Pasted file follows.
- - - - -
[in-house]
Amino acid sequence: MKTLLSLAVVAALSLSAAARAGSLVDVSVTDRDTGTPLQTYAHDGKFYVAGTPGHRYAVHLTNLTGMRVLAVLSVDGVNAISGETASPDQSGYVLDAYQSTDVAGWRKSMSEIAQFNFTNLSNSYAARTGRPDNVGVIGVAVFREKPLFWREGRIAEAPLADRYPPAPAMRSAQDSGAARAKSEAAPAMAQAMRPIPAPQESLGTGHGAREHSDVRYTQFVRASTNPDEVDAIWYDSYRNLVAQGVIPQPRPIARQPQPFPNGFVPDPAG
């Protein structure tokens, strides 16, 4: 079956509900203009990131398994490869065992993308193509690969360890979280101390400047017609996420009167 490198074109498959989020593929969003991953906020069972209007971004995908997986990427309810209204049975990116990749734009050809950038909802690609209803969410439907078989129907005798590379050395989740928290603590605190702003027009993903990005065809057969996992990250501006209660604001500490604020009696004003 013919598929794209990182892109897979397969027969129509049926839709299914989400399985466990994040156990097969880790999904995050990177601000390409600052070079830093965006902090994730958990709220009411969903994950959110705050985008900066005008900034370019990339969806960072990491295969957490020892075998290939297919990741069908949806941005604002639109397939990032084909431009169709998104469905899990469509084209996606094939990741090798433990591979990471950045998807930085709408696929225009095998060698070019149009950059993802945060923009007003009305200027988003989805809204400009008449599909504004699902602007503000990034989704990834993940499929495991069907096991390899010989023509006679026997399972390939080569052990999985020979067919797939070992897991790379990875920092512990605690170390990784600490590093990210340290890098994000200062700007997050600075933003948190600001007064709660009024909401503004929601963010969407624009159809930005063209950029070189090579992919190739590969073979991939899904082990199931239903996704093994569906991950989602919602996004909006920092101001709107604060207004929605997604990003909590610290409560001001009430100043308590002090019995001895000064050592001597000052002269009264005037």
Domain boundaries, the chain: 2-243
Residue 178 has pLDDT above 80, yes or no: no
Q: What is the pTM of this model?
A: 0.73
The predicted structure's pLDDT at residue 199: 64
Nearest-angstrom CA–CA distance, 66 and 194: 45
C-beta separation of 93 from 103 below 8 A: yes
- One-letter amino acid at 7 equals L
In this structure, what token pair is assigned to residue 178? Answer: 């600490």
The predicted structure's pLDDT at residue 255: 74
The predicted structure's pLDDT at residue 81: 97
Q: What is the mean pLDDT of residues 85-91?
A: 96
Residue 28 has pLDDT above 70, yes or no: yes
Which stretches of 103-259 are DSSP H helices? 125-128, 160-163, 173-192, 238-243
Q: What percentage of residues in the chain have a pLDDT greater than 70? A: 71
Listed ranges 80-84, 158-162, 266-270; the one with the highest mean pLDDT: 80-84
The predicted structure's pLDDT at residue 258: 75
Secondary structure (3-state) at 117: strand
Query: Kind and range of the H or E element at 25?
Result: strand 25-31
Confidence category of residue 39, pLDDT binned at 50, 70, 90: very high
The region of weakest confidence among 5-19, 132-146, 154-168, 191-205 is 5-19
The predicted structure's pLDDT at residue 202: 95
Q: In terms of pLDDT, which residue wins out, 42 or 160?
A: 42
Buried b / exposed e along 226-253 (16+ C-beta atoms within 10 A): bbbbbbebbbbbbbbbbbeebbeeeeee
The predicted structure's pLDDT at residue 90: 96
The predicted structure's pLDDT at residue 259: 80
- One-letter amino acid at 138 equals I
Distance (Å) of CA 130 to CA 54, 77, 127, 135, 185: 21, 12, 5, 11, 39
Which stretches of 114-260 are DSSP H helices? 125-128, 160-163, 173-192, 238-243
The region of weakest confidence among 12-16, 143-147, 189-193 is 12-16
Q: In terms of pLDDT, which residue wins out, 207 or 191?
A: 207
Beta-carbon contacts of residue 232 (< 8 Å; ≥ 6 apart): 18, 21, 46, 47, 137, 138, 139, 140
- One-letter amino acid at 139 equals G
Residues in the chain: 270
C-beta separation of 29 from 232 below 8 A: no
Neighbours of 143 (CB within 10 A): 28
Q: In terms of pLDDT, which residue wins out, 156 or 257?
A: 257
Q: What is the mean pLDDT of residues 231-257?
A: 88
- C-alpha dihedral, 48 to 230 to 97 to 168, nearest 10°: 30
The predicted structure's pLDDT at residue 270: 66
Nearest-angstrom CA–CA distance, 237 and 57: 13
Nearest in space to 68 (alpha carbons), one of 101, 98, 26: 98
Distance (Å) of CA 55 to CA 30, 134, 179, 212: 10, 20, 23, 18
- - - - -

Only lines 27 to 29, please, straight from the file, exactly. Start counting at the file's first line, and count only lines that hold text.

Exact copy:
The predicted structure's pLDDT at residue 202: 95
Q: In terms of pLDDT, which residue wins out, 42 or 160?
A: 42